UmTRX Networking Issues

After my initial success getting OpenBTS up and running with a UmTRXv2 hardware Transceiver I seem to have gone backwards while trying to optimise my data network with a bit of Linux tuning and swapping out network hubs and cables!

The OpenBTS transceiver process communicates with UmTRXv2 using UDP over a LAN connection and hence network performance is vital in terms of GSM network stability. One of the most common causes of lost UDP datagrams is an undersized receive buffer on the socket. Hence I implemented some standard Linux tuning of buffers and made the changes permanent in /etc/sysctl.conf:

sysctl -w net.core.rmem_max=50000000
sysctl -w net.core.rmem_max=50000000
sysctl -w net.core.wmem_max=524288
sysctl -w net.core.wmem_max=524288


The Ethernet Chip in UmTRXv2 is LSI 1GbE PHY (ET1011C2-CI-DT) which supports 10Mbps/100Mbps/1Gbps. However, the Ettus UHD framework adopted for the UmTRX only supports GigE(1Gbps) although this may be changing. Hence the UmTRX needs to be connected to a switch that supports 1000baseT.

For my OpenBTS server I am using a Shuttle XS35-703 V2 in which the Ethernet Chip is a JMicron JMC250 and *should* support 1000baseT. After a kernel update and much playing about with JME drivers I could find no way of getting a 1000baseT link established. I even tried with auto negotiation off:

ethtool -s eth1 speed 1000 duplex full autoneg off

After much digging I found out the following: “There are two known 1000baseT link establishment issues with JMC25x. If the full mask revision number of JMC25x controller is less than or equal to 4 and the link partner enabled the IEEE 802.3az Energy Efficient Ethernet feature, the controller will not be able to establish a 1000baseT link. The known workaround for these issues is to force manual link configuration with 100baseTX instead of relying on auto-negotiation. The full mask revision number of controller can be checked with the verbose kernel boot option. Use the lower nibble of the chip revision number to get the full mask revision of the controller.”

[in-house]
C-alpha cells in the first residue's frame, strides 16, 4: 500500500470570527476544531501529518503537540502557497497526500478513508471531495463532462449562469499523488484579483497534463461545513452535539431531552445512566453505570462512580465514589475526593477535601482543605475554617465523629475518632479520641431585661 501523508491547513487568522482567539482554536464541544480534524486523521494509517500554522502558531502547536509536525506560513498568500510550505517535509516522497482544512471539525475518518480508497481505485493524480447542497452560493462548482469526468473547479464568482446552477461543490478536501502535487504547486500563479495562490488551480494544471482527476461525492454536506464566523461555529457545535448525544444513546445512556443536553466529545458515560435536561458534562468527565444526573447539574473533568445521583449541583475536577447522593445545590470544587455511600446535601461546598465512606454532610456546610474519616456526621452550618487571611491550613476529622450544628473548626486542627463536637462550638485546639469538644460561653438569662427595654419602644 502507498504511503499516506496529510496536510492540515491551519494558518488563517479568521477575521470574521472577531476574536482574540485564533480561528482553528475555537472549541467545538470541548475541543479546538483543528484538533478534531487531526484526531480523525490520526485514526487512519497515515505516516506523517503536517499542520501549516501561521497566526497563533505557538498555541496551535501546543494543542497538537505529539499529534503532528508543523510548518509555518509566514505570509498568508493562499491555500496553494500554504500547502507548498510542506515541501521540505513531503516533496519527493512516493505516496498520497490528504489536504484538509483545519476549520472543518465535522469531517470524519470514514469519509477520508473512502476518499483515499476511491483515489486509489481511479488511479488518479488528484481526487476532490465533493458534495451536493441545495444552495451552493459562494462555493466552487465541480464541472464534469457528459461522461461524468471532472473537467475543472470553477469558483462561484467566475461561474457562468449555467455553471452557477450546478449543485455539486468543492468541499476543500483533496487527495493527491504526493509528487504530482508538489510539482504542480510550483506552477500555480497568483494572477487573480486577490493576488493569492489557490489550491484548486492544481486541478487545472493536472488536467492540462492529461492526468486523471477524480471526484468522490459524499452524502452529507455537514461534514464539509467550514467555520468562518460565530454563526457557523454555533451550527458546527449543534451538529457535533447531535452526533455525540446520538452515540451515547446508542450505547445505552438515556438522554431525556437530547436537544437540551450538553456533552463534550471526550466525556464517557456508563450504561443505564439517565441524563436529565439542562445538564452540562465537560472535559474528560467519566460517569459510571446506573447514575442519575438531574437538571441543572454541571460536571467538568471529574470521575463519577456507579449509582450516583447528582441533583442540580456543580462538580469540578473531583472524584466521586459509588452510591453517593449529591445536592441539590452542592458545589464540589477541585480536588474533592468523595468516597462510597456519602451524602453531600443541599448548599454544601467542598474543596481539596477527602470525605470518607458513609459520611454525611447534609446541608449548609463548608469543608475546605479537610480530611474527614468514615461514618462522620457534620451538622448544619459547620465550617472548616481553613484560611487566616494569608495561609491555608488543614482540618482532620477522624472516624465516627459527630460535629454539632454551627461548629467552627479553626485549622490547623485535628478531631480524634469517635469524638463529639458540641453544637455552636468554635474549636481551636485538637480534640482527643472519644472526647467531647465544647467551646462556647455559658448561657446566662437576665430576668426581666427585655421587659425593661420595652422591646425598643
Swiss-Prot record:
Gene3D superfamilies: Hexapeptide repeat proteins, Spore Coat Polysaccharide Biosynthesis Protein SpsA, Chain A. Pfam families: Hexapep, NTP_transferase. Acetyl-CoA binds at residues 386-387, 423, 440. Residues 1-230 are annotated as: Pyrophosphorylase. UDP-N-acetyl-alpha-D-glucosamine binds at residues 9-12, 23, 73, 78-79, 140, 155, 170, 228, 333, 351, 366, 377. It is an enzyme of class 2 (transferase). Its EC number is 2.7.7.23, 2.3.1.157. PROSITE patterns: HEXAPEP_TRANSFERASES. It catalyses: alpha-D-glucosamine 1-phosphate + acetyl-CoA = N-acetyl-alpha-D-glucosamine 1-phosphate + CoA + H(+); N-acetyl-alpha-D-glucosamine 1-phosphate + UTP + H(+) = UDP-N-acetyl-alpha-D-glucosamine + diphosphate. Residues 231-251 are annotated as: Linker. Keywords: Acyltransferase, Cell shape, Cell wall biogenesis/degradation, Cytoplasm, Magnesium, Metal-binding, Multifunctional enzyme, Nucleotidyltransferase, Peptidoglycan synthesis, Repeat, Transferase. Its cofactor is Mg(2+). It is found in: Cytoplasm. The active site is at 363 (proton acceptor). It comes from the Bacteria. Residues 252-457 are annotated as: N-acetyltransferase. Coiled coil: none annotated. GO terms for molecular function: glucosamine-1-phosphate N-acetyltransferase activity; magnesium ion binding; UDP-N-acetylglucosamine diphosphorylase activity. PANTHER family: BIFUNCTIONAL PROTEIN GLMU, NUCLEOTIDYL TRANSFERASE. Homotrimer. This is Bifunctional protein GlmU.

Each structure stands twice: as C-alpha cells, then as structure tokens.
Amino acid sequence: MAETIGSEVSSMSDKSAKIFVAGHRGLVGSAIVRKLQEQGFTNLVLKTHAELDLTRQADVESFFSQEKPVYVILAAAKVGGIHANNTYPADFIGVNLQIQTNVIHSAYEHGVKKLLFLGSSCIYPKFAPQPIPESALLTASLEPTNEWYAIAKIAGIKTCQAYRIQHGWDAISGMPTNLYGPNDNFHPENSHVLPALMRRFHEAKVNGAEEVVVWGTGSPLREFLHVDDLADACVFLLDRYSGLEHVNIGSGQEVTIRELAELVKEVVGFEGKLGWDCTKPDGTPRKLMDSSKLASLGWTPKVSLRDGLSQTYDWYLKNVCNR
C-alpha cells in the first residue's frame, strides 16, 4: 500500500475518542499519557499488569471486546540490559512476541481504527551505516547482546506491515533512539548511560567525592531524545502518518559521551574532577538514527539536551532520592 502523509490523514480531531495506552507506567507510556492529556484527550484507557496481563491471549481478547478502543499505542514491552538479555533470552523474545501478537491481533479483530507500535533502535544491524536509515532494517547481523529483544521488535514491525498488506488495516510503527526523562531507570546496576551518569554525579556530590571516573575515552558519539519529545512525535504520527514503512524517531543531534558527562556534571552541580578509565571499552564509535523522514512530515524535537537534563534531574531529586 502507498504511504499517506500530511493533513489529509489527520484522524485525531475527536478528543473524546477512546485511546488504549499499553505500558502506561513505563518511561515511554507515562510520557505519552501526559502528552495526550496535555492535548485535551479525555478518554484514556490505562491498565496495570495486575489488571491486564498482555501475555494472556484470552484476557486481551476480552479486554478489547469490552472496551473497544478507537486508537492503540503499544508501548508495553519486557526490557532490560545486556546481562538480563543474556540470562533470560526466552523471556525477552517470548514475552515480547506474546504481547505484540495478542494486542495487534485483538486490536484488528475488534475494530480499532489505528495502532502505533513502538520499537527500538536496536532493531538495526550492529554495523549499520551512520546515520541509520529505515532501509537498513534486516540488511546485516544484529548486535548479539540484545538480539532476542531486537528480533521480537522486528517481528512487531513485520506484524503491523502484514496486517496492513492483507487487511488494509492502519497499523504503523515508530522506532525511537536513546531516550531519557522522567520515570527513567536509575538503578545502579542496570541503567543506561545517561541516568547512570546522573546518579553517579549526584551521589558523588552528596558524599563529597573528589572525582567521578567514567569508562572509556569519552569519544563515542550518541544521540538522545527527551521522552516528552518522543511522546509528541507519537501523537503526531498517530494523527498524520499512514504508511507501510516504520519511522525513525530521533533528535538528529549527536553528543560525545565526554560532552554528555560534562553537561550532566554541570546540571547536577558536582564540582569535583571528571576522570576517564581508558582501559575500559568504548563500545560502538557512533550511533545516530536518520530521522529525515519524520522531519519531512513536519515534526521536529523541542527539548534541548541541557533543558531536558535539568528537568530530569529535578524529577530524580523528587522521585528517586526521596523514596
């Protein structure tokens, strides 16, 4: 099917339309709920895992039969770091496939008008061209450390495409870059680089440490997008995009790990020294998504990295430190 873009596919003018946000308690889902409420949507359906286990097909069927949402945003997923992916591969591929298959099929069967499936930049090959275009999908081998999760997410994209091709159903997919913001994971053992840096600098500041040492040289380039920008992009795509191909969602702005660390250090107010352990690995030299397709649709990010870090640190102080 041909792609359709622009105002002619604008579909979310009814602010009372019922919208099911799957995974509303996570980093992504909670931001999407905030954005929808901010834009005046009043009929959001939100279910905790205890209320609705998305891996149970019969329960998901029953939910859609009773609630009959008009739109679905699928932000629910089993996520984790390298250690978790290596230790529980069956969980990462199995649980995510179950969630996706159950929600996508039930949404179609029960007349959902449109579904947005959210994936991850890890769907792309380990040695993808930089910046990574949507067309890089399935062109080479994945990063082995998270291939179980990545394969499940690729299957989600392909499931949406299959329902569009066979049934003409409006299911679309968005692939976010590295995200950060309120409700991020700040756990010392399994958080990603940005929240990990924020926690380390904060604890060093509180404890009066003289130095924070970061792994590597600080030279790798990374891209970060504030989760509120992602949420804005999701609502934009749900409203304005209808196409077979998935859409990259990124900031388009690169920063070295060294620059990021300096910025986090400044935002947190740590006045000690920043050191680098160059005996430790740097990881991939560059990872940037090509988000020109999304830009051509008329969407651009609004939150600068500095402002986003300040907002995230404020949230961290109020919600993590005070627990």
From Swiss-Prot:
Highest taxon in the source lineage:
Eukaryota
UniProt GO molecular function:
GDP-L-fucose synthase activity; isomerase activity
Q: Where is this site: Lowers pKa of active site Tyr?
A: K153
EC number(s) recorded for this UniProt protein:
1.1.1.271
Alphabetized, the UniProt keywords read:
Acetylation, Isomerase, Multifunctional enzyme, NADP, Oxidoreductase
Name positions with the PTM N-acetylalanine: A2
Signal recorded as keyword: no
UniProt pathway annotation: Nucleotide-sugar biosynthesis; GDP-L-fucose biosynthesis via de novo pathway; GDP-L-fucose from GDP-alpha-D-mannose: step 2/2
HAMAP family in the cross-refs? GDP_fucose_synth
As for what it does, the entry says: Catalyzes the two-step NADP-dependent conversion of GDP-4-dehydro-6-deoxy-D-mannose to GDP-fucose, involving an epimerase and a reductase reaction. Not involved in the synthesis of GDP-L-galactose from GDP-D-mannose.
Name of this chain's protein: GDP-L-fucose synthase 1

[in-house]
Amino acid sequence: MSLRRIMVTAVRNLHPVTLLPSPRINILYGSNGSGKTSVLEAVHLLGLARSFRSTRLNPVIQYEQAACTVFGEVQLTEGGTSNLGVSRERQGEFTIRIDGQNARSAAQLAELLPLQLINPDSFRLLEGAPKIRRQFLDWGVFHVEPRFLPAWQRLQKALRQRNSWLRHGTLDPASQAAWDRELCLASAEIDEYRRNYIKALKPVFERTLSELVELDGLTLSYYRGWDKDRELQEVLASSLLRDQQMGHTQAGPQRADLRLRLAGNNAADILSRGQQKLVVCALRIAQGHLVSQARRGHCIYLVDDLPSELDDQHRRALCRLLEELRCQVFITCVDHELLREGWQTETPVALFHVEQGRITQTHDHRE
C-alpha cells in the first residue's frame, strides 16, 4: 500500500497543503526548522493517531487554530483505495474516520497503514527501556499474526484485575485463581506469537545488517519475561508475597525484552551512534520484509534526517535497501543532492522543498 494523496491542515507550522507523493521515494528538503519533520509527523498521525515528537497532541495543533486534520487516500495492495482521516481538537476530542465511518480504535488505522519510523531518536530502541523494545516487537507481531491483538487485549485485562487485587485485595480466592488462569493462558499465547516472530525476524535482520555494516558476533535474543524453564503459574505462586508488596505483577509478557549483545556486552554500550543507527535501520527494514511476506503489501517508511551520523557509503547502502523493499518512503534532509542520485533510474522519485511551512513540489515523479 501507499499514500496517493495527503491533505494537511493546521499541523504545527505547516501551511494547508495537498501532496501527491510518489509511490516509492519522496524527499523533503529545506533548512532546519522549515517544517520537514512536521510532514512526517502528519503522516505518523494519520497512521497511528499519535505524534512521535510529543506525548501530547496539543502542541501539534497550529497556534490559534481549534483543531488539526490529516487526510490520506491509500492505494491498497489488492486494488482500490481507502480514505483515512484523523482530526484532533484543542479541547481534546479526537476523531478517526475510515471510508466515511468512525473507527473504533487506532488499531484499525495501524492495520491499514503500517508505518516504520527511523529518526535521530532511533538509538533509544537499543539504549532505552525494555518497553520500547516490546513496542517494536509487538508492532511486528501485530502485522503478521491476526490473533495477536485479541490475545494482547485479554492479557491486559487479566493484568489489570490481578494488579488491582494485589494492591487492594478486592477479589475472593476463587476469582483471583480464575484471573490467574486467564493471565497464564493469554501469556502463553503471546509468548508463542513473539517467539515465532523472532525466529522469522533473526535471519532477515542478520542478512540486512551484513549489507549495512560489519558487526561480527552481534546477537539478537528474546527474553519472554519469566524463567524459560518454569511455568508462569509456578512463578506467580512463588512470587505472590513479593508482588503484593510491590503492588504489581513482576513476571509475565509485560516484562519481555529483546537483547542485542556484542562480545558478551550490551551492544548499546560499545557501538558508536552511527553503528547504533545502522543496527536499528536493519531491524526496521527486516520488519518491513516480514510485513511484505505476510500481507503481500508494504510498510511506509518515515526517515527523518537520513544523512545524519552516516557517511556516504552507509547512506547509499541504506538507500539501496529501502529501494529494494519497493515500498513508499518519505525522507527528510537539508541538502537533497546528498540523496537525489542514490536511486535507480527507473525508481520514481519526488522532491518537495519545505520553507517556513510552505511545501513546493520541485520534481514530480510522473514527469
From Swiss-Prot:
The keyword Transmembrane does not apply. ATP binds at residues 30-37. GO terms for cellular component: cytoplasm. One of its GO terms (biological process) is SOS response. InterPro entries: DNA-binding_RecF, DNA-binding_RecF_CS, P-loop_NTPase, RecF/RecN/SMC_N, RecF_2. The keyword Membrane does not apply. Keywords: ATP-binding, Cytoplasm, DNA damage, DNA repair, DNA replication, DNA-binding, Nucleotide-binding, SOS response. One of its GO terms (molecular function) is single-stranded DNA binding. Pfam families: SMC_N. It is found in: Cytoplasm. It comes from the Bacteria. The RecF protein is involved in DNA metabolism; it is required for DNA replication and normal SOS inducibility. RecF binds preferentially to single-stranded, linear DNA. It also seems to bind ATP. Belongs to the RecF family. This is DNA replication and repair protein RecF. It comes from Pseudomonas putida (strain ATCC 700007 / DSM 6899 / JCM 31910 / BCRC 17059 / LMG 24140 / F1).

And guess what – my Shuttle has a version 3 chip:

>> jme 0000:02:00.5: eth0: JMC250 Gigabit Ethernet chipver:23 pcirev:3

Time to give up (for now) and workout what has changed to the effect that I could not longer get the OpenBTS transceiver to start reliably and except for some short lived success straight after a UmTRX power cycle always got one of two errors:

terminate called after throwing an instance of ‘uhd::runtime_error’
what(): RuntimeError: no control response
EMERG 1101519168 OpenBTS.cpp:134:startTransceiver: Transceiver quit with status
6. Exiting.


EMERG 1104513344 OpenBTS.cpp:134:startTransceiver: Transceiver quit with status 256. Exiting.

Running ./transceiver on its own always worked fine. I even reset the OpenBTS configuration back to the example configuration just in case there was something if there causing problems (which I have seen) – no success.

Surely this had to be something to do with network configuration?

  • Network cables swapped out – no success
  • Changed from TRENDnet TEG-S8g to TP-Link TL-SG1005D switch – no success
  • Direct cable from server to UmTRX – did not establish link since damned JMicron JMC250 cannot establish a 1000baseT link

Time to dig deeper (and send a call help out on the UmTRX mailing list) …

Looking more closely I notice framing errors showing on the interface:


Not being a networking person it was time to do a bit of research – what does “frame” really mean? The answer is: “RX errors mean that your NIC is receiving malformed frames from the transmitting switchport. Frame errors mean CRC failures on receipt of a frame. The root cause of this could be a bad cable, or a bad interface on either the machine or the switch.”

Duh! – that’s what I suspected and have already swapped over cables and switch. What other tangent can I go off on now … I know “Jumbo Frames”!

Jumbo frames are Ethernet frames with more than 1500 bytes of payload. Many Gigabit Ethernet switches and Gigabit Ethernet network interface cards support jumbo frames. Some Fast Ethernet switches and Fast Ethernet network interface cards also support jumbo frames. Most modern Linux distros support frames larger than 1500 bytes. This can improve the performance.
The JMC250 also supports Jumbo Frames (up to 9216 bytes), which can be configured via the interface MTU setting. Mmm … sounds interesting but the largest packet I can see in a Wireshark trace is 1514 bytes:


Still, seems worth a go:

ifconfig eth1 mtu 9000

;-( – still no success.


Alexander replies (again) on the UmTRX mailing list: “We temporarily solved issues with this JMC chip by putting a switch between it and UmTRX, but not all models of switches worked and even after that stability was not perfect.”


Reconfigured my network and it works (sort of). UmTRX now hanging off TP-Link TL-SG1005D Gigabit switch and Shuttle XS35-703 V2 running OpenBTS hanging off Netgear FS605 10/100Mbps switch.

Root cause: JMicron JMC250 connecting to a Gigabit switch and the link partner enabled the IEEE 802.3az Energy Efficient Ethernet feature

I’m still getting (lots) of framing errors which is not good.

Next step – Since I’m limited on what I can install in the Shuttle I’m waiting for Mr. Amazon to deliver a USB 2.0 to 10/100/1000 Gigabit Ethernet LAN Wired Network Adapter based on ASIX AX88178 Chipset which has Linux drivers. I know USB 2.0 supports theoretical speeds up to 480Mbs which is not Gigabit speeds but lets see …

PS: Thanks again to Alexander and Stephane on the mailing list for their help.